We are learning that you can only save democracy if you take to the streets; you cannot expect democracy to work if you are sitting in your living room.
Every day, there is a meeting of the All India Kisan [Farmer] Coordination Committee, which is comprised of 32 different organizations. This movement does not have a single leader but rather a collective leadership. That’s also why it is so strong: “ordinary” people are so invested in the movement that no one has been able to hijack it. The Coordination Committee itself has been very clear that this is a people’s movement: if its leaders make any wrong decisions or unjustifiable compromises, they know that they will be thrown out the very same day.
The protesters are also saying that they are not in a hurry. They want the government to scrap the three laws, and they won’t settle for anything less. The kind of patience that they have is not conducive to settlement: they know that this is a long, drawn-out fight, and they are prepared to stay here for at least six months. The protesters are thus energetic but they’re also at ease, in a way; they know that they can’t be agitated and sloganeering all the time.
How have you and your AISA comrades endeavored to support the protesters?
Libraries are a key part of the temporary towns established by the protests. AISA is running an initiative known as the Shaheed Bhagat Singh Library at four protest sites. We open our library in the morning and a lot of people, from young students to older people, stop by and engage us.
We also started a newsletter, The Trolley Times. This newsletter was spurred at the initiative of a handful of independent individuals, and it is not associated with any single political organization. We realized that all recent social movements have relied almost solely on social media. Younger protesters had actually stopped considering fields of engagement beyond social media. As I said earlier, the people who are the backbone of these protests came to Delhi from their villages two months ago. They have been keeping their grounds while living about 10 kilometers away from their nearest stage; they know their responsibilities to the protests, and they are not looking for the limelight. Concerned that no one would talk to these people — or even acknowledge their presence — we wanted to ensure that they have a very clear sense of what is happening in the movement. These are older people, and so they are more likely to read newspapers and newsletters.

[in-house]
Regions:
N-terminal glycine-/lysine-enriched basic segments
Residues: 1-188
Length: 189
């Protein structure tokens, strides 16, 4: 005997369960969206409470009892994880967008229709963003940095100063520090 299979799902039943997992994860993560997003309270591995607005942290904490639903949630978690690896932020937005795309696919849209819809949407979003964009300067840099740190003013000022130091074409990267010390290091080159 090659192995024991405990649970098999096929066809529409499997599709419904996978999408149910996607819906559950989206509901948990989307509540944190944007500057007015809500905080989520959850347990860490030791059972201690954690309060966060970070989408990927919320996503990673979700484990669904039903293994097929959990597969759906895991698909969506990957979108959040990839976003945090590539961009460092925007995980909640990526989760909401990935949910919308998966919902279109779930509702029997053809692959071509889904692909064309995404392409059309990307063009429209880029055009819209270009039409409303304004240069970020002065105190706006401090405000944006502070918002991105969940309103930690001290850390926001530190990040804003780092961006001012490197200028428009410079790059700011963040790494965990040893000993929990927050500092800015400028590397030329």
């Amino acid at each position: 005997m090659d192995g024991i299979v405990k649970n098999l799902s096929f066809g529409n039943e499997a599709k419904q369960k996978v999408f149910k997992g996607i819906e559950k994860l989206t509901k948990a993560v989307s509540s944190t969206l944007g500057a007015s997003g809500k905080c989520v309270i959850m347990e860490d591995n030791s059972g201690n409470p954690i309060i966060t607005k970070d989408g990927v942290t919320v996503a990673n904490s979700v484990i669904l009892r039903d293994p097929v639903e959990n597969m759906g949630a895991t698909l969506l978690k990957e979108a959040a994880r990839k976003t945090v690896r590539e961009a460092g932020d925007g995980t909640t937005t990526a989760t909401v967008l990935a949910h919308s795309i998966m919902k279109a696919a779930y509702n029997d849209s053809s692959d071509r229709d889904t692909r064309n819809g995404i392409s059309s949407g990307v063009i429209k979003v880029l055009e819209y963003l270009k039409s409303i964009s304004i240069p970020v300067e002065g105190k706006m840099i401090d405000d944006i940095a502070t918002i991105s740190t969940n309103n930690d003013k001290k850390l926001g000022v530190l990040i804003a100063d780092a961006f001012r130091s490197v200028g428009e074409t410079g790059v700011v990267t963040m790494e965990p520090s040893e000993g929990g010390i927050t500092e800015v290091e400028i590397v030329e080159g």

From the very first day that we published The Trolley Times, we got an amazing response. The vast majority of the Indian media is pro-corporate and owned by the same companies that want to privatize agriculture; these media are also pro-state, and so they demonize protesters with their propaganda. People realized that, to take ownership of this movement, they need their own voice. That’s what The Trolley Times aims to be. Becoming hugely popular within a day or two, The Trolley Times got a lot of media coverage, and it actually set a trend: now, there are three to four newsletters made by and for the movement. The Trolley Times gives a platform to first-time protesters, young protesters, elderly protesters and single women protesters. To a barber who came here to give massages to tired protesters. These are the small but important stories that we are able to cover. We have published eight editions so far; most of us are working over the phone — partly because we have no proper internet access here — and we are typing and editing the content for the newsletter as it is reported to us.
The Trolley Times gives a platform to first-time protesters, young protesters, elderly protesters and single women protesters.
We started another initiative called “Trolley Talkies,” which involves showing films about the farmers’ crisis as well as revolutionary movies about the Indian Independence Movement and other movements across the world. We show movies to energize people by entertaining them and educating them about the farm bills: we make connections across time and space by showing how neoliberalism builds upon the foundation established by British colonialism. First-time protesters in particular need to understand the historical nature of these protests: how are they linked to policies that were introduced in India in the 1970s, ’80s and ’90s? How were these policies forced upon the people, and what are their implications? We have undertaken these and other artistic initiatives with the understanding that resistance is creative; you can also see this in the many songs that the protesters have composed and all of the artists from Punjab who have come out to support the protests. We need to employ all kinds of art forms to reach the masses.